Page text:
As the African Union expressed “dismay and concern” at the arrest of a top aide to Rwanda’s President Paul Kagame in Frankfurt, the regime in Kigali said it was recalling its envoy to Berlin and his German counterpart must leave.
“Rwanda’s ambassador to Germany was recalled today for consultations,” said Information Minister Louise Mushikiwabo. “The Rwandan government told the German ambassador to leave within 48 hours until the arrest of (Rose) Kabuye is resolved. The ambassador should leave the country by Thursday.”
The move comes after Kabuye, President Paul Kagame’s chief of protocol, was arrested Sunday as she landed in Germany on a French arrest warrant over suspicion of involvement in Rwandan ex-president Juvenal Habyarimana’s killing.
The downing of Habyarimana’s plane is widely seen as having triggered Rwanda’s 1994 genocide which saw nearly 800,000 mainly ethnic Tutsis killed in a three-month period by rival Hutus.
French anti-terrorism judge Jean-Louis Bruguiere issued warrants in 2006 against nine members of Kagame’s entourage suspected of having a hand in the attack on the plane that killed Habyarimana, an ethnic Hutu. The arrest of Kabuye has particularly outraged the Kagame regime which has long accused France of being partly to blame for the massacres in Rwanda and complained that Paris and other European capitals were seeking to prosecute the victims rather than the perpetrators.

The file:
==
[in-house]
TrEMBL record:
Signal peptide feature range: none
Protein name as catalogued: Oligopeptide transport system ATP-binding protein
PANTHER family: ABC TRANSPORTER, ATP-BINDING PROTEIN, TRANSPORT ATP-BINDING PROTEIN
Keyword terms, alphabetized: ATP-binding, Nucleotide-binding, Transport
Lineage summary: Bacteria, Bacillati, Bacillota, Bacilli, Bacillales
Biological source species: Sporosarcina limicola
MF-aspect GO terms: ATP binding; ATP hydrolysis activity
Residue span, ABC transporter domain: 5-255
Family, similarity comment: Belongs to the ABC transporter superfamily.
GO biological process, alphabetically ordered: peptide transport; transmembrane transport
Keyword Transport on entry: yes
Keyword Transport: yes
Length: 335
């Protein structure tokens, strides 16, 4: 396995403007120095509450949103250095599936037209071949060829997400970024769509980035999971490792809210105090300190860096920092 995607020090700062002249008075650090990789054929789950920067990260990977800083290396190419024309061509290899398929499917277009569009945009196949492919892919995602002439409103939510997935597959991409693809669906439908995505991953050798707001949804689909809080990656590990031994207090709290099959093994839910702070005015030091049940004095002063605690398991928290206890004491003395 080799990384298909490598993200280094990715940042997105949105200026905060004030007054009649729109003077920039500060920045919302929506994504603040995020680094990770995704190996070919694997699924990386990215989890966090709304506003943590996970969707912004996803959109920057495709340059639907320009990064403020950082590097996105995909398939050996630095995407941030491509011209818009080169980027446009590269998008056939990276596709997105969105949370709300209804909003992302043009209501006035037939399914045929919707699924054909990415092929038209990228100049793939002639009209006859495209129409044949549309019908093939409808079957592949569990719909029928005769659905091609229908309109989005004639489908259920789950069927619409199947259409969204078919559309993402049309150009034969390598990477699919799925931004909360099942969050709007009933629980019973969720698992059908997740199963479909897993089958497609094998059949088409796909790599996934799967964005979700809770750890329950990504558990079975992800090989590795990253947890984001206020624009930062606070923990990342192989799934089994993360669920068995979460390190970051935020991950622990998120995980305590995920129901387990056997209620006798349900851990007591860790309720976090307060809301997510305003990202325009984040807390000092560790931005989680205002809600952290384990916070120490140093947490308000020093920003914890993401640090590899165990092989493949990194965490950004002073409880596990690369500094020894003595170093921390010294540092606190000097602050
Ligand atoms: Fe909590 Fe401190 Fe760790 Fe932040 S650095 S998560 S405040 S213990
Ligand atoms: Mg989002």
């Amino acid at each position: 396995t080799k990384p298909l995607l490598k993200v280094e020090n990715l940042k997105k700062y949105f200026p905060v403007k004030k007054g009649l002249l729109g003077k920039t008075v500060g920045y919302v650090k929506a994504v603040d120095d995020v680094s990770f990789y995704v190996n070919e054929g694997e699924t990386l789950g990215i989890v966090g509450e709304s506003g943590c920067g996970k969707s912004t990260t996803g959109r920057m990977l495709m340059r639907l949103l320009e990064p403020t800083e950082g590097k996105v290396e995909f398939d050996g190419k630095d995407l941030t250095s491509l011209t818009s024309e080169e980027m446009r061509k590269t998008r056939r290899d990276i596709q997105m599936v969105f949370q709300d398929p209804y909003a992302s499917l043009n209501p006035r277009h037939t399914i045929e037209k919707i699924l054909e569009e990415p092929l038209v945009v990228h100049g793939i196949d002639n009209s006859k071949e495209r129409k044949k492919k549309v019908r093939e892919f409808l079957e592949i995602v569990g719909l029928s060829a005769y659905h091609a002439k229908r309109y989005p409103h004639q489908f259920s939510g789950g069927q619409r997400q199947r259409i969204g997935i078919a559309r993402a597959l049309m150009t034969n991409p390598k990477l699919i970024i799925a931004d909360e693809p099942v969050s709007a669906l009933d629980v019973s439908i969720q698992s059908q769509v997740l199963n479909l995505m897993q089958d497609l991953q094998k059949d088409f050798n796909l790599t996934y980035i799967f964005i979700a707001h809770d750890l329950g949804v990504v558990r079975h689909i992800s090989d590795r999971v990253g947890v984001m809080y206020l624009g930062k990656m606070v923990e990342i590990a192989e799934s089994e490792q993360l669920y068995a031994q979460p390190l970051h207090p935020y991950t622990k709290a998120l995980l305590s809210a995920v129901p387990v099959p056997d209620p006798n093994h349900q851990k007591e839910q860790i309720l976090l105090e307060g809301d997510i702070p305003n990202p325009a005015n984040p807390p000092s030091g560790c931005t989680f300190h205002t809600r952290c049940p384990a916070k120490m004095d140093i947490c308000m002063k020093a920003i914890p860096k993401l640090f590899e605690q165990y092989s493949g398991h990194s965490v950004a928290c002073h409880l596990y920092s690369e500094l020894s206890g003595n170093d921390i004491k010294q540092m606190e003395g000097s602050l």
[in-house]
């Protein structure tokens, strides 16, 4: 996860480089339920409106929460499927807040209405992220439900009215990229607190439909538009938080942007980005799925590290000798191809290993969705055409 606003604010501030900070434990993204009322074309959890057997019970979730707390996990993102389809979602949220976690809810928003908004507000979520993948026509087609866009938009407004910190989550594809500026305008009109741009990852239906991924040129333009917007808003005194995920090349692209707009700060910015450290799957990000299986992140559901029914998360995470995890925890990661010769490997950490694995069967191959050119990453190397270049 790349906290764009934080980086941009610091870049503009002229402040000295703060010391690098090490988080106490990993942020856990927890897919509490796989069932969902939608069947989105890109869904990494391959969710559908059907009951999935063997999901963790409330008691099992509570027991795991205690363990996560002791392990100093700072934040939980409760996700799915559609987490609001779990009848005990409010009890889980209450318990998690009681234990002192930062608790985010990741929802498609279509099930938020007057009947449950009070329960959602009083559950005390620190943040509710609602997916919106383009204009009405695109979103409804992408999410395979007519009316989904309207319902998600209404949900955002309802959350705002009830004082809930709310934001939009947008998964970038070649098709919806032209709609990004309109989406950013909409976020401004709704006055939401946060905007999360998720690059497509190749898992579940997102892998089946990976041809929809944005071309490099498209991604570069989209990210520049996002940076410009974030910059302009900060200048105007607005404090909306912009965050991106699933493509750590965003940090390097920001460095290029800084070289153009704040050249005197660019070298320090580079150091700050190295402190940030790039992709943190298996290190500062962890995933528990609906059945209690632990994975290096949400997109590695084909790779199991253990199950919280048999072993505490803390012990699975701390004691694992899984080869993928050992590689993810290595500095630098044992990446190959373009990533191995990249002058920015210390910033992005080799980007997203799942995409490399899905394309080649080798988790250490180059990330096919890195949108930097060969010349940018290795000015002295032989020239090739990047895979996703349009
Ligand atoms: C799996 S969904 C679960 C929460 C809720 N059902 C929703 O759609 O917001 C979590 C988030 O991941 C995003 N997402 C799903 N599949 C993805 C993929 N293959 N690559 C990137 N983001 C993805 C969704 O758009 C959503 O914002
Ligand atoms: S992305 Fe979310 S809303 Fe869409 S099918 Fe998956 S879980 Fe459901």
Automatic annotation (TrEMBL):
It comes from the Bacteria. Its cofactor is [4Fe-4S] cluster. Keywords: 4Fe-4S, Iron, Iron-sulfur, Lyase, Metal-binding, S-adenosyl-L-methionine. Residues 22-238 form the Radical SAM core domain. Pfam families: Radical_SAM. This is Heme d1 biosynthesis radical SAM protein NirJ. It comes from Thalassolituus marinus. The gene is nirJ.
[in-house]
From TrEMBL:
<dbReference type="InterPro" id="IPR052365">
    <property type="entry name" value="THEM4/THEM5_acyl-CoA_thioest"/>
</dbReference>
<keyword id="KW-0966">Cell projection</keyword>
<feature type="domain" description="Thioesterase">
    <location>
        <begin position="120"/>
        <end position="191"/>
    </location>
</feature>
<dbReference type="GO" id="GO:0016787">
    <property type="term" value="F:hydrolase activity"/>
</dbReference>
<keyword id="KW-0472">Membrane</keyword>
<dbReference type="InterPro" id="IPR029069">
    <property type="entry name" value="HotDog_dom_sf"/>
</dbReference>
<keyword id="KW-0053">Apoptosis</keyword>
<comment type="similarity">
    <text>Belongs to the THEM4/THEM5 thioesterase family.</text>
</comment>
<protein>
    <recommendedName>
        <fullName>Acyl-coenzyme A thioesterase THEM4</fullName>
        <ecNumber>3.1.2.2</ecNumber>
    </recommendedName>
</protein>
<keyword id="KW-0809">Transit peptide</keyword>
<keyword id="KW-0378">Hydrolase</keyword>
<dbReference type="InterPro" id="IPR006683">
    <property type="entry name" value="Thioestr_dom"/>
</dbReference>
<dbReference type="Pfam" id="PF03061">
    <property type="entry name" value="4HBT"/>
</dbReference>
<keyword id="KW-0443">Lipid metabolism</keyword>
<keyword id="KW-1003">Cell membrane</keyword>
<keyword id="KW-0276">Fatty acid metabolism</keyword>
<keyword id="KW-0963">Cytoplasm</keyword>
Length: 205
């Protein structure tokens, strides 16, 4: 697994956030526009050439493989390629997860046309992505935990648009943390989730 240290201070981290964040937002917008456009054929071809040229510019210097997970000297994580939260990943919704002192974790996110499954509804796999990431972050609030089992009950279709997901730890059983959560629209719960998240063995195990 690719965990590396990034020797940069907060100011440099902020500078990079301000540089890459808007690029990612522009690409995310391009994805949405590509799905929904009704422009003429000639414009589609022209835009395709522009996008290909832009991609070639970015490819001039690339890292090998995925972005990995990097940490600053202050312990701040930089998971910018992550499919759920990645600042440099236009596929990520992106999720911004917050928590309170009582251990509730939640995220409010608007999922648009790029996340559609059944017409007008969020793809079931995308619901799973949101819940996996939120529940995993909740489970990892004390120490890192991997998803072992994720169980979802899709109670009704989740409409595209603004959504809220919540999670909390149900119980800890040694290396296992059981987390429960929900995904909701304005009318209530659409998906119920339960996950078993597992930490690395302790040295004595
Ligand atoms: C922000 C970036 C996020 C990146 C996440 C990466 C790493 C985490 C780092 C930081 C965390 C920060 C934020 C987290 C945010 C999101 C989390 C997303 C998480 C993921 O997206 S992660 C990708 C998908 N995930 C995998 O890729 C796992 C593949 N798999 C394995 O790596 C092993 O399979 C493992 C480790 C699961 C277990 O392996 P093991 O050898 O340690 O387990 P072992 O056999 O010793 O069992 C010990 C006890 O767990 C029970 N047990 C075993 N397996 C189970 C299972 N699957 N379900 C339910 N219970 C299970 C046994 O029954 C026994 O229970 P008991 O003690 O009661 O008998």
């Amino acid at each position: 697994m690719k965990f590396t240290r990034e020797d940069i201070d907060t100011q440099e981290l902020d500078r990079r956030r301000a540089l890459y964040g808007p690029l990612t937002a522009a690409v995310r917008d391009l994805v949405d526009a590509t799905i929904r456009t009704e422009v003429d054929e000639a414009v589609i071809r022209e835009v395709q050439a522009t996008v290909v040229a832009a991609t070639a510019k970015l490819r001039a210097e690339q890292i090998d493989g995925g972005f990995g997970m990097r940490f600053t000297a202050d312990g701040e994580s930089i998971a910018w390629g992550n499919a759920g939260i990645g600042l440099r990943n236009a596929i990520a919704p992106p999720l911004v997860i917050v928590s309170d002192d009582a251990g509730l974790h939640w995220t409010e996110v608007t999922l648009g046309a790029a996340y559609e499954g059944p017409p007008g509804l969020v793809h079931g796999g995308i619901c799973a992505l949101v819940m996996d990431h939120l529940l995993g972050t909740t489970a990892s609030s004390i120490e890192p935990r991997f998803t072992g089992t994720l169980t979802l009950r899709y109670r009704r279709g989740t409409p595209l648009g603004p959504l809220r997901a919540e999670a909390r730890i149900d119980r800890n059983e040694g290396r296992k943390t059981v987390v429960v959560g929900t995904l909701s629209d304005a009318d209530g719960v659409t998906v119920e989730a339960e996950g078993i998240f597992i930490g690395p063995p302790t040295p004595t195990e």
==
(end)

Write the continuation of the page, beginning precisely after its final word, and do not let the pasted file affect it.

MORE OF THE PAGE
On Tuesday, around a thousand youths demonstrated in front of the French cultural centre in Kigali, which has been closed since Rwanda broke diplomatic ties with France in November 2006. Officials have said that a demonstration of women could also take place on Wednesday.
On Monday, several thousands demonstrators marched to the German embassy in Kigali and the offices of the Deutsche Welle, Germany’s national broadcaster. Further evidence of Kigali’s willingness to ramp up diplomatic tensions came when judicial sources said indictments and arrest warrants against 23 French military and political officials – including the late president Francois Mitterrand and former premier Dominique de Villepin – were imminent.
“The indictments are being finalised, the arrest warrants can be issued any time from now,” a senior Rwandan justice official told AFP on condition of anonymity.
Rwandan prosecutors had spent the past three months examining a 500-page report drafted by a special commission tasked with probing France’s role in the genocide and released on August 5 by the justice ministry. It names former French prime minister Edouard Balladur, former foreign minister Alain Juppe and then-president Mitterrand, who died in 1996, among 13 French politicians accused of playing a role in the massacres.
The report alleges that France was aware of preparations for the genocide, contributed to planning and actively took part in the massacres. France, which has admitted to making “mistakes” in Rwanda but denied any direct responsibility for the massacres, has called the report “unacceptable.”
The African Union meanwhile criticised the arrest of Kabuye, arguing that she should have been entitled to immunity as she was preparing for an upcoming state visit by Kagame who is an ethnic Tutsi.
“The Commission of the African Union has noted with dismay and concern the arrest and detention,” the AU’s executive arm said in a statement.